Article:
The kinetics of Theileria parva infection and lymphocyte transformation in vitro

Mara S. Rocchi, Keith Ballingall, Niall MacHugh, Declan McKeever

Research output: Contribution to journalArticlepeer-review


Theileriaparva is an intracellular protozoan parasite that causes a fatal lymphoproliferative disease of cattle known as East Coast Fever. The parasite infects host lymphocytes causing their transformation and uncontrolled proliferation. Infiltration of major organs with parasitized lymphoblasts results in most cases in death within 3 weeks. Although both T and B lymphocytes are susceptible to infection, the majority of cell lines arising from infection of peripheral blood mononuclear cells in vitro are of T cell lineage. To explore the basis of this phenotypic bias we have followed the very early stages of parasite development in vitro at the single cell level. Peripheral blood mononuclear cells were infected and stained for both surface phenotype and intracellular parasite antigen and analysed by flow cytometry. Although the parasite antigen was detected intracellularly as early as 6h p.i., our data indicate that parasite infection does not lead to cell transformation in all instances. Rather, specific cell types appear to undergo selection very early after infection and expansion of particular cell subsets results in survival and growth of only a small proportion of the cells originally parasitized.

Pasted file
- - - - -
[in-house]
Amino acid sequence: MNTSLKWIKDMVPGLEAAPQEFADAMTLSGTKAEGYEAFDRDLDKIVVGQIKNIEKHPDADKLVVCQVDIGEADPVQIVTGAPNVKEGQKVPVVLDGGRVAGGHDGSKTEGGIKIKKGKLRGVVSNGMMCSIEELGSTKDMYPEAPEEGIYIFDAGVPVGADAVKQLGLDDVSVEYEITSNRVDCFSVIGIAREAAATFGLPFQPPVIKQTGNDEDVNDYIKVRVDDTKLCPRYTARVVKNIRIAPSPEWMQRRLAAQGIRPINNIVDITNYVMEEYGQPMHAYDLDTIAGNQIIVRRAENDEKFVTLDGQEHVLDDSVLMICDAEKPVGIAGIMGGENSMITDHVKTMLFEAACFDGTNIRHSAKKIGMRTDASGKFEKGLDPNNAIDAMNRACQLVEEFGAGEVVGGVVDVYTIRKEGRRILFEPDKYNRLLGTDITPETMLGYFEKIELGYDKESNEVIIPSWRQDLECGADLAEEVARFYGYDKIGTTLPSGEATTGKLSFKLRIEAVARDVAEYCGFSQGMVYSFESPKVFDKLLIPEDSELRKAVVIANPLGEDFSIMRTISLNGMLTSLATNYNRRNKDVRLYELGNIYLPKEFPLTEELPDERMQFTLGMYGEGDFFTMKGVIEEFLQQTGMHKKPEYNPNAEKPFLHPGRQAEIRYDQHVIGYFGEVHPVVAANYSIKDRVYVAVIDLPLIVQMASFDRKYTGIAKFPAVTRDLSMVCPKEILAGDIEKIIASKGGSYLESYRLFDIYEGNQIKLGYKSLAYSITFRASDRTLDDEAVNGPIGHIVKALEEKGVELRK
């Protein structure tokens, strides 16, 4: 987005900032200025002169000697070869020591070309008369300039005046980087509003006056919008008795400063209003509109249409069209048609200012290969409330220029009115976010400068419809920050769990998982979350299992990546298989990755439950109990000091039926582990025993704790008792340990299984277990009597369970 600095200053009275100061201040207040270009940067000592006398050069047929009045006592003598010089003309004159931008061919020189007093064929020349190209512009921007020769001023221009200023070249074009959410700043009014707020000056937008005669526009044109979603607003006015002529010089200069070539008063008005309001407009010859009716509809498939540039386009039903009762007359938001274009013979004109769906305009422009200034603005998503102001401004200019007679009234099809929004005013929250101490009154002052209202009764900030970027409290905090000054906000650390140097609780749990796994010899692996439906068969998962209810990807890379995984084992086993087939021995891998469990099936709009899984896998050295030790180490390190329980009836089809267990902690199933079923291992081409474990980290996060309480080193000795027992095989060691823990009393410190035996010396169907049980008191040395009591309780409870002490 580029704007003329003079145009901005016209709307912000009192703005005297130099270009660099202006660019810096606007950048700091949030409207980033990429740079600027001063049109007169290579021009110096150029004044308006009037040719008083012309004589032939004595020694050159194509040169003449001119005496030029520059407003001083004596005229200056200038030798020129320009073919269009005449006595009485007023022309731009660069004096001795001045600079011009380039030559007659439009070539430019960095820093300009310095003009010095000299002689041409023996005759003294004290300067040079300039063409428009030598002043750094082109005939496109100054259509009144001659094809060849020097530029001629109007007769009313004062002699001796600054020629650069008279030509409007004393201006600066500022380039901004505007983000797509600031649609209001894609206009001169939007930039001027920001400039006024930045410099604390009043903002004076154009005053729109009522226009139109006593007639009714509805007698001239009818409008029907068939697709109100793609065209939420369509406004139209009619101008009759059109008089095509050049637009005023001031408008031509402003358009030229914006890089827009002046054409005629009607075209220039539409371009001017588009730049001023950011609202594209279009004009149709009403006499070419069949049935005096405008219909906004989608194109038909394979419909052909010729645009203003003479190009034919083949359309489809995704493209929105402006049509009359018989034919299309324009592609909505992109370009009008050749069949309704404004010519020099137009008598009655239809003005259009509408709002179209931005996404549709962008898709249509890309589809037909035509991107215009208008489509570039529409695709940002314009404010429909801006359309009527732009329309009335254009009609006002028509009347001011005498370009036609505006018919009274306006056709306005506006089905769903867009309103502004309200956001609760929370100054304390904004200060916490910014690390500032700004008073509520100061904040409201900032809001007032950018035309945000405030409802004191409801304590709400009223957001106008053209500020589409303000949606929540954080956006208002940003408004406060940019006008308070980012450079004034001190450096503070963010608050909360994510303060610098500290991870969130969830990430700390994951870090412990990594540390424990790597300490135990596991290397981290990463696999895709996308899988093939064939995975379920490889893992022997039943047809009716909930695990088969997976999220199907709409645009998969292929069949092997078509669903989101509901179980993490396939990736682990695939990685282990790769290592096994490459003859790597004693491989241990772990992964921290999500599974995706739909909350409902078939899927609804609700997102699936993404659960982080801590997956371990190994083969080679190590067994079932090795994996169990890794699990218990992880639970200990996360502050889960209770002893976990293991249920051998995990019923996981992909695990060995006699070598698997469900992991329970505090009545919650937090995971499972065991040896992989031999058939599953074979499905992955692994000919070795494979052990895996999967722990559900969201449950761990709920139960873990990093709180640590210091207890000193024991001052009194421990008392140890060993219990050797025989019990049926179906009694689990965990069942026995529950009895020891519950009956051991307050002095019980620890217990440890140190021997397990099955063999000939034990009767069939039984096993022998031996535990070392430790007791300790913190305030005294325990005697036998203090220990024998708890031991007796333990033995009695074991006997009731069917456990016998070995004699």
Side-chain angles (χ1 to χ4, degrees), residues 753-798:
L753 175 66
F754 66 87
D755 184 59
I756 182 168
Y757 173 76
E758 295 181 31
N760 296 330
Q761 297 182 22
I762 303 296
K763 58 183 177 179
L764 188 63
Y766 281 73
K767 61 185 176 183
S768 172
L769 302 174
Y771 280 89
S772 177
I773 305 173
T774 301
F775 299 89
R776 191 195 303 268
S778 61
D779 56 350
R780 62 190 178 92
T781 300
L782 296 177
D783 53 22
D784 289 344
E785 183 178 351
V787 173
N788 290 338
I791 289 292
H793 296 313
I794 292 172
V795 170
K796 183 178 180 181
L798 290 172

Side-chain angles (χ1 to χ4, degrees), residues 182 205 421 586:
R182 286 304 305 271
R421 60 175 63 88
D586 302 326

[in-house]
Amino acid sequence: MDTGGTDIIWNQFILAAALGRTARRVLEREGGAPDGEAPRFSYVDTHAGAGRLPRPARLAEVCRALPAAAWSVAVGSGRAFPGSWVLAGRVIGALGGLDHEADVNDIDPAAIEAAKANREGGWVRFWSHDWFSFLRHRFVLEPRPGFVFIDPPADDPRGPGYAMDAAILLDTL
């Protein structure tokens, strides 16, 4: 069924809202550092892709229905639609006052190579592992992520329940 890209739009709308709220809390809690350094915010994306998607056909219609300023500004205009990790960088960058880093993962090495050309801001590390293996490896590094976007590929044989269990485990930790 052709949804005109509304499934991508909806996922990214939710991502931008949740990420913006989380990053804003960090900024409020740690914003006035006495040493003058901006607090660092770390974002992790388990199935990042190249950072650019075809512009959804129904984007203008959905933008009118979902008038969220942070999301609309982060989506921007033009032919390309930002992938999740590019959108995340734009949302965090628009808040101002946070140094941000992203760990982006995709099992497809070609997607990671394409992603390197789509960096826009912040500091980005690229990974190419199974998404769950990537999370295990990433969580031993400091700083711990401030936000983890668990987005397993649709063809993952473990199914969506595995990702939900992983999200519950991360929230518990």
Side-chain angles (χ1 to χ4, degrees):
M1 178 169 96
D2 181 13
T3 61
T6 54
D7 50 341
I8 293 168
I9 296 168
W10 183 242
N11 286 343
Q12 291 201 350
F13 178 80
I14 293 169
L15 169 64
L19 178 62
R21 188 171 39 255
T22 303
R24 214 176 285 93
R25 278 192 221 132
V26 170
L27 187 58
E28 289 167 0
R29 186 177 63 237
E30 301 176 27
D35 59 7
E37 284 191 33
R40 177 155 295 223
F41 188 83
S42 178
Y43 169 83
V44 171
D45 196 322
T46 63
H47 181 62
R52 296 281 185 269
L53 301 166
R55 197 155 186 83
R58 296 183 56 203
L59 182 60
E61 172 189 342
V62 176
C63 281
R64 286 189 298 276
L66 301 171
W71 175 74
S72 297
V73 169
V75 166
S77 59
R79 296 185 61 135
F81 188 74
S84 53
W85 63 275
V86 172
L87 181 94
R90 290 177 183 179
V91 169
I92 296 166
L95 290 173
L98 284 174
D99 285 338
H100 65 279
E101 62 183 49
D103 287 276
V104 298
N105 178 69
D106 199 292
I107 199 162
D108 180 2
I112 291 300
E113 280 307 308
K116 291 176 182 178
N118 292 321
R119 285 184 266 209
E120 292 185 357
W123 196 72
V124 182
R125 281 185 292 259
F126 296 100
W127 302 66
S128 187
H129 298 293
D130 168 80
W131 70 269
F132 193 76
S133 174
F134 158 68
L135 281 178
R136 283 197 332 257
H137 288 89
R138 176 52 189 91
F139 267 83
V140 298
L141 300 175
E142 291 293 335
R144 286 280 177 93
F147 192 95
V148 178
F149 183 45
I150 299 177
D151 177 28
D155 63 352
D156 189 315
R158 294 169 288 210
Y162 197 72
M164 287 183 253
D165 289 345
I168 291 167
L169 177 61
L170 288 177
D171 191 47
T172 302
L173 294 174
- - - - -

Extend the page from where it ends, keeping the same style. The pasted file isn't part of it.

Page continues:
Original languageEnglish
Pages (from-to)771-8
Number of pages8
JournalInternational Journal For Parasitology
Issue number7
Publication statusPublished - 2006


  • Animals
  • Antigens, Protozoan/blood
  • Antigens, Protozoan/immunology
  • B-Lymphocytes/immunology
  • B-Lymphocytes/parasitology
  • Cattle
  • Cells, Cultured
  • Flow Cytometry
  • Immunodominant Epitopes/blood
  • Immunophenotyping
  • Lymphocyte Activation/immunology
  • Lymphocyte Subsets/immunology
  • Lymphocyte Subsets/parasitology
  • Protozoan Proteins/blood
  • T-Lymphocyte Subsets/immunology
  • T-Lymphocyte Subsets/parasitology
  • Theileria parva/growth & development
  • Theileria parva/immunology
  • Theileriasis/immunology


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